Depression in children is an often over-looked topic. Parents want the best for their kids, and children can often be hesitant to talk about their feelings. In this interview Dr. Chandra sat down with Anika Allen at WLTZ NBC38 in Columbus, Georgia to discuss symptoms of depression that parents and caregivers can look for as well as what they can do to help children who suffer from depression.
Below is a full transcript of the interview.
Anika Allen: Well this month is mental awareness month, mental health awareness month and we’ve been discussing that all month. We’ve had several people come on and discuss it, but we haven’t really hit mental health awareness when it comes to children. So joining me again is Dr. Chandra. How are you?
Dr. Chandra: Hey, good morning, Anika.
Anika Allen: I’m great. Okay. So mental health is something we were both passionate about. We discussed it after our last interview. I want to start off by saying why is it so important to you or asking.
Dr. Chandra: I am very, very passionate about mental health. As a pediatrician over the last few years, I’ve just seen the growing needs of children. There’s so much more pathology and the one thing that really strikes me is the gap between when a child gets symptomatic and it how long it is before they can get help. And then once we are able to help them and we come in and we treat them with a combination of medicines and counseling, how amazing and almost transformative are the results that it’s tremendously gratifying. And I love the opportunity to be able to come in and help a child and make a difference.
Anika Allen: Personally for me, we discussed this. I had my own mental health situation. I was bullied and when I was in middle school and it made me suicidal. My mom could tell because of she knew who her daughter was. But for all parents it’s very difficult to maybe see or gauge that your child might be depressed. So what are some signs of depression when it comes to children? Because it’s so hard to just gauge. They’re so happy all the time. Or you know, they deal with mood swings, especially teenagers. So how can you gauge that your child is, they may be depressed?
Dr. Chandra: So you brought up a great point. So firstly, parents know their child the best. So that is absolutely key. And I think a lot of awareness is needed. Sometimes parents are well-meaning. And for example in my office, if I see a teenager and I find out that he or she has been depressed for years and I break that to the parent, they act like they’re completely horrified, surprised, and they’re wondering how could I not have known this?
Dr. Chandra: So some of the common symptoms of depression would be apparent sadness or slowness, a lot of isolation or just staying in their room. Complete lack of interest in something that a child enjoyed previously. Say a child was a dancer and suddenly she drops out and says, “No, I don’t enjoy this anymore.” Or a lot of moody irritability, dropping grades. So these are some of the common symptoms that we could use to help pick up on the diagnosis.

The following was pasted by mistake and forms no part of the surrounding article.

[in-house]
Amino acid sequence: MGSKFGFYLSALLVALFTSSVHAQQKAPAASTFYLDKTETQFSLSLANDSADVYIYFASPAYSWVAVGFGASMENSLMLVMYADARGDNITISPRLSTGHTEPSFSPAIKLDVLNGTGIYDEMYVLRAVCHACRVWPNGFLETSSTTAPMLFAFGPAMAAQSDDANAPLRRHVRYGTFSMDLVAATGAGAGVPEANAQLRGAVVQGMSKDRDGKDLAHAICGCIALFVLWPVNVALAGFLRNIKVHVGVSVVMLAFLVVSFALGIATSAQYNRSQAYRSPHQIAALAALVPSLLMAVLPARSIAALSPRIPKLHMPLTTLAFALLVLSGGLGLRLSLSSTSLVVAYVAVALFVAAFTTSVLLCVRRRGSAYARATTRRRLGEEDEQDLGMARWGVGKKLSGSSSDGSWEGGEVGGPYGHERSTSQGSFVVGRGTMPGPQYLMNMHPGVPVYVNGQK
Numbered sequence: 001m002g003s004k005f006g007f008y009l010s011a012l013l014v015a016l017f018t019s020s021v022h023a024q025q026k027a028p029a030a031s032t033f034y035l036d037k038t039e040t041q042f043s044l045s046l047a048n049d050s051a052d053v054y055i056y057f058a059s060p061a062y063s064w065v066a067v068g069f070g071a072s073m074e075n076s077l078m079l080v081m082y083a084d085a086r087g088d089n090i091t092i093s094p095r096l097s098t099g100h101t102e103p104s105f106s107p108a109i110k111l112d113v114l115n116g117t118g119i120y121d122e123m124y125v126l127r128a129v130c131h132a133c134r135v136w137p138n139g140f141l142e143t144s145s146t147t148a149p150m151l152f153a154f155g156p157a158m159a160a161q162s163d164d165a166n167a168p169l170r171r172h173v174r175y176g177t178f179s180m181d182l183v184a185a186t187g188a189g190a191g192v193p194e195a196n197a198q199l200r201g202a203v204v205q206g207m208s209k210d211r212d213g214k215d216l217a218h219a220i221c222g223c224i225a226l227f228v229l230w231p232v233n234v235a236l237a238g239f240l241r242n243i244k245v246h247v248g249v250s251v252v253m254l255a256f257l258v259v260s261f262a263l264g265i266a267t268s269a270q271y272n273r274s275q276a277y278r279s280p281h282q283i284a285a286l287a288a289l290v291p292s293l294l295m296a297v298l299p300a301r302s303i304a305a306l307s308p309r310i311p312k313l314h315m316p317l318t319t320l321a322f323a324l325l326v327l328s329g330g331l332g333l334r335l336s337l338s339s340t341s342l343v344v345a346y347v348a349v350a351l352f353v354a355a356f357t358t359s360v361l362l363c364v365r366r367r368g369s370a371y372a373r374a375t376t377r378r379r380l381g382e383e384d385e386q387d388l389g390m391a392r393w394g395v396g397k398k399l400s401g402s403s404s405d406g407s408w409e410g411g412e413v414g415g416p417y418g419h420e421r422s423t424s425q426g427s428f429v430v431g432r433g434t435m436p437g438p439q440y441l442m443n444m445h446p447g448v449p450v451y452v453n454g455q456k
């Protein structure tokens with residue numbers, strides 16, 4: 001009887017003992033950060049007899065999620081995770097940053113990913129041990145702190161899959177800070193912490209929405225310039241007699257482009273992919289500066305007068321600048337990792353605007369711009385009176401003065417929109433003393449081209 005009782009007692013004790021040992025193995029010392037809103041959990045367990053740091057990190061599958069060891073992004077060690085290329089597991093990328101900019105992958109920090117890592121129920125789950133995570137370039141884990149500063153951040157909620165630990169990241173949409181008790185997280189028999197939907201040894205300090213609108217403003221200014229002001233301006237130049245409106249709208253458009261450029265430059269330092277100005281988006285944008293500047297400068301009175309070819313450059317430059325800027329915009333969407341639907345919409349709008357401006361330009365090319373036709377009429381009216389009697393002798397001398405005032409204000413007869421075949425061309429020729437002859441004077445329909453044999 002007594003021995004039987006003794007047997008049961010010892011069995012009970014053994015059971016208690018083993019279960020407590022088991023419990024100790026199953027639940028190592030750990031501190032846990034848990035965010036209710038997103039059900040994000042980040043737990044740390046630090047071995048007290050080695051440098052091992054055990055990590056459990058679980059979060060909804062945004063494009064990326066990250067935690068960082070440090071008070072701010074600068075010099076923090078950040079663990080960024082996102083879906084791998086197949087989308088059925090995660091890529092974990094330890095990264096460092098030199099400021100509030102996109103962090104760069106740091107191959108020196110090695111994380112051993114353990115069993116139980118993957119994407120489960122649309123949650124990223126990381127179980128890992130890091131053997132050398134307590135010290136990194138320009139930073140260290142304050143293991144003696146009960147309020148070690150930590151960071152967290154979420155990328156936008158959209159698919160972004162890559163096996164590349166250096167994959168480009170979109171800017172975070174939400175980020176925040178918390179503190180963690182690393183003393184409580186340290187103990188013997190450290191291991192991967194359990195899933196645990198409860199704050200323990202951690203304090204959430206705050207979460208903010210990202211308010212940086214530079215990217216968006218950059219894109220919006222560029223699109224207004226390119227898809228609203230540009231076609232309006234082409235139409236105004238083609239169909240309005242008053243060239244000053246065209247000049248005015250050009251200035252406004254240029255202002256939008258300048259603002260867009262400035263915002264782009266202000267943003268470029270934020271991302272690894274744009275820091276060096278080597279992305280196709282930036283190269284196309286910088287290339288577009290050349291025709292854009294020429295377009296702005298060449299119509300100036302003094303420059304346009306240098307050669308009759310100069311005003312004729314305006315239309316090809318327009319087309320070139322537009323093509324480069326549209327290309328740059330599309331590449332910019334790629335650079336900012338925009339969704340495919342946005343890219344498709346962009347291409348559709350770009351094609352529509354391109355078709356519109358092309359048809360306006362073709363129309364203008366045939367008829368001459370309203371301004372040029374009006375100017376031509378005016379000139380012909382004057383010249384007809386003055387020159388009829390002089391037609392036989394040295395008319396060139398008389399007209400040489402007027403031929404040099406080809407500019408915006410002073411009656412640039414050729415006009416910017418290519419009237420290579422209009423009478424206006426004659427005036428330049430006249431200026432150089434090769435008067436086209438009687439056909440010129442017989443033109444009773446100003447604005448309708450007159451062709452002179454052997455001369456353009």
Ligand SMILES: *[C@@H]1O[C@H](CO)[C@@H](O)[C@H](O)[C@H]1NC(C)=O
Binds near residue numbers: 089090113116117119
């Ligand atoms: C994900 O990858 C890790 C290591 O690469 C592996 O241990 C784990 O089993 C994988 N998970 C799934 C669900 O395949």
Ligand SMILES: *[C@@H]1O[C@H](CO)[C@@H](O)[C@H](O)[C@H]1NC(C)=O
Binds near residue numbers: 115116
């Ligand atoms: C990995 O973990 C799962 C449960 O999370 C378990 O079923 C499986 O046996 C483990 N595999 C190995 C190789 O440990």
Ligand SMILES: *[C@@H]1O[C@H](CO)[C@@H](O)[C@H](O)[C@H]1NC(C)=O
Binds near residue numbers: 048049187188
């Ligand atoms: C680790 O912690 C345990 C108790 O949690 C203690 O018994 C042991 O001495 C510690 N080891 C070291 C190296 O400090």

Anika Allen: And honestly, I had all those and I think that’s why my mom was able to, to be able to tell because there would be days I just cried.
Dr. Chandra: Oh.
Anika Allen: Like, thank God that it’s over. But it would be days that I just cried and she was able to gauge and it also helped that she had her friends talk to me. So maybe something I didn’t get from my mother, I got from somebody else. So if it’s a community situation, how can we as a community help children? Should we monitor their social media? Because in my mind, that might play a role. You know, bullying on social media is outstanding. So how can we help as a community with mental health in our children?
Dr. Chandra: So you bring up a great point. I am a firm believer in the old adage, which says it takes a village to raise a child. So it takes a good set of parents, your classroom teachers, aunts, uncles, school coaches, your pediatrician. And it is true that in today’s day and age, sometimes what the child may not divulge or disclose to a parent or a friend, they might just slip in a loose comment on social media. And that might be a very big clue to knowing that the child is depressed. So it is important to manage and review what they’re writing on social media.
Dr. Chandra: Also, what kinds of people they’re talking to on social media. I meet teens who have a virtual friends on social media and these are groups of kids, all they talk about is how to kill themselves, you know, or how to cut themselves. So children develop these virtual friendships and supports of like-minded people on social media. So definitely every parent needs to be monitoring what their child is doing on social media.
End of interview.
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Preferred Medical Group is currently accepting new pediatric patients at our offices in Columbus / Phenix City, Fort Mitchell, and Opelika. In addition to sick and wellness visits, we offer Behavioral Health counselling and ADHD assessments for children. If you have any questions please feel free to contact us directly or schedule your next visit through our convenient online appointment system.